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Steve Randall

Steve Randall
Also known asHollywood Off Beat
StarringMelvyn Douglas
Mary Beth Hughes
Will Jordan
Country of originUnited States
No. of episodes14
ProducersMarion Parsonnet
Lester Lewis
Running time30 minutes
Original networkDuMont (Feb 1952-Jan 1953)
CBS (June-Aug 1953)
Original release1952 (1952) –
1953 (1953)

Steve Randall (also known as Hollywood Off-Beat[1]) is an American detective television series starring Melvyn Douglas that ran on the DuMont Television Network from November 7, 1952, to January 30, 1953, and on CBS from June 16, 1953, to August 11, 1953.[2]

Background and premise

The series' concept originated from stories written by Louis Blatz, an attorney. The initial TV adaptation was A Hollywood Affair, starring Lee J. Cobb and Adele Jergens. The pilot for that series did not sell, but the producers tried the same concept again with Steve Randall.[3]

Steve Randall is a disbarred attorney who became a private detective in an effort to be reinstated as a lawyer. He handled cases such as blackmail and murder before he was reinstated in the series's final episode.[4]

Cast and production

In addition to Douglas, the program featured Mary Beth Hughes.[5]

Some episodes of the program were broadcast on local stations as Hollywood Off Beat before it began its network run. The episodes on DuMont were broadcast on Fridays from 8 to 8:30 p.m. Eastern Time.[4]

United Television Programs distributed the show.[6] Marion Parsonnet was the producer and director.[2] Sponsors included Swank men's jewelry[1] and Dixie Cups.[6]

Episode status

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"The Trial" (September 11, 1952) is available for viewing on the Internet Archive. Four episodes (June 12, July 3, August 14, and September 11, 1952) are in the J. Fred MacDonald collection at the Library of Congress.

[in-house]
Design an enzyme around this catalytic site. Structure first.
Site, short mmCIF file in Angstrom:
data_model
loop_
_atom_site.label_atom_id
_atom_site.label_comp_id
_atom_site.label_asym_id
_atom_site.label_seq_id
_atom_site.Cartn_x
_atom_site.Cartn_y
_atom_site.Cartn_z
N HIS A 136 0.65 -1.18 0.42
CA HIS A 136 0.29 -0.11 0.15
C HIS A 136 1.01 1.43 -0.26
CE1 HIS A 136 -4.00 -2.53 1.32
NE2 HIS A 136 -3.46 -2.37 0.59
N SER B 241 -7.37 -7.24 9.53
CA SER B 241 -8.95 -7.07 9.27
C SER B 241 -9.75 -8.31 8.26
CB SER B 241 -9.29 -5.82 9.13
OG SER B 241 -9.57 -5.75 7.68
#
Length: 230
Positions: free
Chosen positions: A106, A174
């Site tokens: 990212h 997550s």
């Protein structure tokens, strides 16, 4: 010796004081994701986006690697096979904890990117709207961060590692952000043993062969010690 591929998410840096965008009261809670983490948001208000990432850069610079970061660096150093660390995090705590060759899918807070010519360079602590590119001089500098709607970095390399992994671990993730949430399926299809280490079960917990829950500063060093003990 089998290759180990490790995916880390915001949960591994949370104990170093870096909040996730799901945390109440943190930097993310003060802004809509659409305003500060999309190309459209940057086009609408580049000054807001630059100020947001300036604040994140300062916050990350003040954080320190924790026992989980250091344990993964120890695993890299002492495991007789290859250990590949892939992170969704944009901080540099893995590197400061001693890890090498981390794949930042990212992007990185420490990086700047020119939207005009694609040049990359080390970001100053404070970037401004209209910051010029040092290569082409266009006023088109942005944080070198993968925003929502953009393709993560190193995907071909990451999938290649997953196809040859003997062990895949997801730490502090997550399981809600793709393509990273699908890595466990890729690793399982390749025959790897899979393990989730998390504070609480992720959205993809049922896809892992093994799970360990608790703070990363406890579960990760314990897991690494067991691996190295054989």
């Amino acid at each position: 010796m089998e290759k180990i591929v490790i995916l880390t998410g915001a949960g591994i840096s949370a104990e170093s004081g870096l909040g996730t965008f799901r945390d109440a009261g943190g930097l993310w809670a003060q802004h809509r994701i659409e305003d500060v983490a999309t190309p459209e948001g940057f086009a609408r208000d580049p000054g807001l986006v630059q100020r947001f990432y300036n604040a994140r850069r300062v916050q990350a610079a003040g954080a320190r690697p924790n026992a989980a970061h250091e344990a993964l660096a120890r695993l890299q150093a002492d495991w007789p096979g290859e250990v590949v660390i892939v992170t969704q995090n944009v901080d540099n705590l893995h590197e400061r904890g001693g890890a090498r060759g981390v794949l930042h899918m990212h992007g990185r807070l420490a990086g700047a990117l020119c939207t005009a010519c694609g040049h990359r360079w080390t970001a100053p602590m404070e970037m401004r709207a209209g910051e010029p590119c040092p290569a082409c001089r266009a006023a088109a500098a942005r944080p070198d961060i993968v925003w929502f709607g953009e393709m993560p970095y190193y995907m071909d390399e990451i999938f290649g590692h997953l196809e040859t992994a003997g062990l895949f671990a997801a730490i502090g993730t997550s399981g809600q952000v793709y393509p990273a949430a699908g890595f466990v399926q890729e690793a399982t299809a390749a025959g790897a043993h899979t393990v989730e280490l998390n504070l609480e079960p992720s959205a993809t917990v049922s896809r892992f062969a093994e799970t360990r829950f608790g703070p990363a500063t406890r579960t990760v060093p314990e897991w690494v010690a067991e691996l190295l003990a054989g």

Critical response

Critic Jack Gould wrote in The New York Times in 1953 that a repeat of an episode was "just as familiar and just as tired" as it had been previously, with "the usual quota of murders, an oomphy siren and tough guys talking out of the side of the mouth."[7]

A capsule review in the trade publication Billboard said that Douglas "is adept at lending importance where little or none is due."[6] As a result, it added, the series "often rises above its material."[6]

Syndicated critic John Crosby wrote, "As adventure whodunits go, this is a pretty good one."[8]

See also


  1. ^ a b "Network Sponsor Activity". Ross Reports on Television including The Television Index. November 23, 1952. p. 2. Retrieved April 8, 2022.
  2. ^ a b McNeil, Alex (1996). Total Television: the Comprehensive Guide to Programming from 1948 to the Present (4th ed.). New York, New York: Penguin Books USA, Inc. p. 383. ISBN 0-14-02-4916-8.
  3. ^ Irvin, Richard (October 28, 2022). Pioneers of "B" Television: Independent Producers, Series and Pilots of the 1950s. McFarland. p. 138. ISBN 978-1-4766-8996-8. Retrieved February 22, 2023.
  4. ^ a b Brooks, Tim; Marsh, Earle F. (June 24, 2009). The Complete Directory to Prime Time Network and Cable TV Shows, 1946-Present. Random House Publishing Group. p. 1309. ISBN 978-0-307-48320-1. Retrieved February 22, 2023.
  5. ^ "Melvyn Douglas Is Star Of 'Hollywood Off-Beat' Series". Lubbock Avalanche-Journal. May 10, 1953. p. TV section 6. Retrieved February 22, 2023 – via
  6. ^ a b c d "Capsule Reviews of TV Film Shows". Billboard. September 6, 1952. p. 21. Retrieved February 21, 2023.
  7. ^ Gould, Jack (May 29, 1953). "Television in Review: Melvyn Douglas Works Hard, but His 'Big Moment' Hardly Rates It -- 'Opera vs. Jazz' a Pleasantry". The New York Times. p. 22. Retrieved February 21, 2023.
  8. ^ Crosby, John (July 6, 1953). "'Hollywood Off Beat' (sic) Is Pretty Good Show". The Richmond News Leader. p. 12. Retrieved February 22, 2023 – via


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Steve Randall
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